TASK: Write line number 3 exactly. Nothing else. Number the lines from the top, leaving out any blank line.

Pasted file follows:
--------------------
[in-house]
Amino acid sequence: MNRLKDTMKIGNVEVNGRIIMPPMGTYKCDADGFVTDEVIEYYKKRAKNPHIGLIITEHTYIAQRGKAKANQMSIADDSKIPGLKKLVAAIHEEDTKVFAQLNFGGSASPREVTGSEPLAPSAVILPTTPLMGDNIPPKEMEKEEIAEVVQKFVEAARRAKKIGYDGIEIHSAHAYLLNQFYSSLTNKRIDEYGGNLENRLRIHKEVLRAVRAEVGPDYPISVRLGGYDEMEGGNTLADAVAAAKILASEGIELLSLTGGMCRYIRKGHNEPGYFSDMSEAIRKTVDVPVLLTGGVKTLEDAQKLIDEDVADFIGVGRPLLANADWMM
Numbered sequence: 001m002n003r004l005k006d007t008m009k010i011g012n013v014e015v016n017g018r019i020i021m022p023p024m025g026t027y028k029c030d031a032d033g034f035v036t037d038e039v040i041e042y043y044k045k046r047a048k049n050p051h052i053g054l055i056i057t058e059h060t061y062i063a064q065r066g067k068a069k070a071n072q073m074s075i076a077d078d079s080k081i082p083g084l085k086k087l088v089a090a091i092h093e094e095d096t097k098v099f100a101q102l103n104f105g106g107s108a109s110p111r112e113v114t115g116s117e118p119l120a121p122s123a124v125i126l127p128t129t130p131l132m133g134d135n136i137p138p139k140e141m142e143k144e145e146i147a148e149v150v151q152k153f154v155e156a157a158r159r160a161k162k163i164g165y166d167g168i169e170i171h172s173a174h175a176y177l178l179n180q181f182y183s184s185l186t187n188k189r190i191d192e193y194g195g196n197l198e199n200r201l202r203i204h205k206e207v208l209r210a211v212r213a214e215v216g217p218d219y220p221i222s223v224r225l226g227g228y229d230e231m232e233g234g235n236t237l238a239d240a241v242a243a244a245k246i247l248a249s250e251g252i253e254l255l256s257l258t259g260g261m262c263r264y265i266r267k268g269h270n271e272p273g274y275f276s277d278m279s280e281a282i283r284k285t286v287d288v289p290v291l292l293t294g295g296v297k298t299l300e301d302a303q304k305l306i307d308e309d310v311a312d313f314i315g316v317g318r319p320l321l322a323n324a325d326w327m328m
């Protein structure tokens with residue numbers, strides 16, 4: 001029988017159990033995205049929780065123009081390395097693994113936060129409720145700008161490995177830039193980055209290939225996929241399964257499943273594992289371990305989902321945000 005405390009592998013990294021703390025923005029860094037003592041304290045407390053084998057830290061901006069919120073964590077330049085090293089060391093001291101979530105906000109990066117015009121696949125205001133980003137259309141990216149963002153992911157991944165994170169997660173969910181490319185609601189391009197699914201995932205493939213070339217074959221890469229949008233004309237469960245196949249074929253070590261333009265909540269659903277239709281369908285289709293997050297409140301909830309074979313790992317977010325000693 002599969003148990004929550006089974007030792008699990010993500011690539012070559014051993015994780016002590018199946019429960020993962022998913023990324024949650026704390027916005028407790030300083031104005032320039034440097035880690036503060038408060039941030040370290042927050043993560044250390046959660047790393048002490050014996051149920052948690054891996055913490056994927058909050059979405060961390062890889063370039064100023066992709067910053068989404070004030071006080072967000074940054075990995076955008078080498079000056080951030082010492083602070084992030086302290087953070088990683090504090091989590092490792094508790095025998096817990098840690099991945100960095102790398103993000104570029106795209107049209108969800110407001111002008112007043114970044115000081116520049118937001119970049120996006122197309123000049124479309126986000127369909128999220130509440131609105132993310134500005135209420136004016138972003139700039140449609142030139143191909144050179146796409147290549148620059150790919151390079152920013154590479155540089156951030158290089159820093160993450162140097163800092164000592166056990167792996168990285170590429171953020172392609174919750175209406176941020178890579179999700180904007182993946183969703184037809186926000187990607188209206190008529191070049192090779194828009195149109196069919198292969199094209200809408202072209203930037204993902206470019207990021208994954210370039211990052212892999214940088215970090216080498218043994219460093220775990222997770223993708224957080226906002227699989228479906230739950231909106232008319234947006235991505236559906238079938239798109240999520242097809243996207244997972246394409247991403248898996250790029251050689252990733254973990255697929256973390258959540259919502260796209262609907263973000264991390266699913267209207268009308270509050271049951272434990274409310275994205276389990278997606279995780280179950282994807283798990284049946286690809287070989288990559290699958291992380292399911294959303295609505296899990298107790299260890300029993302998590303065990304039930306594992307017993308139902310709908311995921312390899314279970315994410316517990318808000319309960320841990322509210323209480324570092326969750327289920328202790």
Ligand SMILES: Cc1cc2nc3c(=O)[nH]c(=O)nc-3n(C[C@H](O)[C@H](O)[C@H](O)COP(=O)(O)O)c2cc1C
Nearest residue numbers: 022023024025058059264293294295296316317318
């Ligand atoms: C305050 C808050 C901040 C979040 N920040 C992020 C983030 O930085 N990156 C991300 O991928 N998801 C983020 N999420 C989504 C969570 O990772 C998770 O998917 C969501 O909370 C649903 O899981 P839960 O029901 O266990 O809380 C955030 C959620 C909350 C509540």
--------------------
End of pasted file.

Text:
Numbered sequence: 001m002n003r004l005k006d007t008m009k010i011g012n013v014e015v016n017g018r019i020i021m022p023p024m025g026t027y028k029c030d031a032d033g034f035v036t037d038e039v040i041e042y043y044k045k046r047a048k049n050p051h052i053g054l055i056i057t058e059h060t061y062i063a064q065r066g067k068a069k070a071n072q073m074s075i076a077d078d079s080k081i082p083g084l085k086k087l088v089a090a091i092h093e094e095d096t097k098v099f100a101q102l103n104f105g106g107s108a109s110p111r112e113v114t115g116s117e118p119l120a121p122s123a124v125i126l127p128t129t130p131l132m133g134d135n136i137p138p139k140e141m142e143k144e145e146i147a148e149v150v151q152k153f154v155e156a157a158r159r160a161k162k163i164g165y166d167g168i169e170i171h172s173a174h175a176y177l178l179n180q181f182y183s184s185l186t187n188k189r190i191d192e193y194g195g196n197l198e199n200r201l202r203i204h205k206e207v208l209r210a211v212r213a214e215v216g217p218d219y220p221i222s223v224r225l226g227g228y229d230e231m232e233g234g235n236t237l238a239d240a241v242a243a244a245k246i247l248a249s250e251g252i253e254l255l256s257l258t259g260g261m262c263r264y265i266r267k268g269h270n271e272p273g274y275f276s277d278m279s280e281a282i283r284k285t286v287d288v289p290v291l292l293t294g295g296v297k298t299l300e301d302a303q304k305l306i307d308e309d310v311a312d313f314i315g316v317g318r319p320l321l322a323n324a325d326w327m328m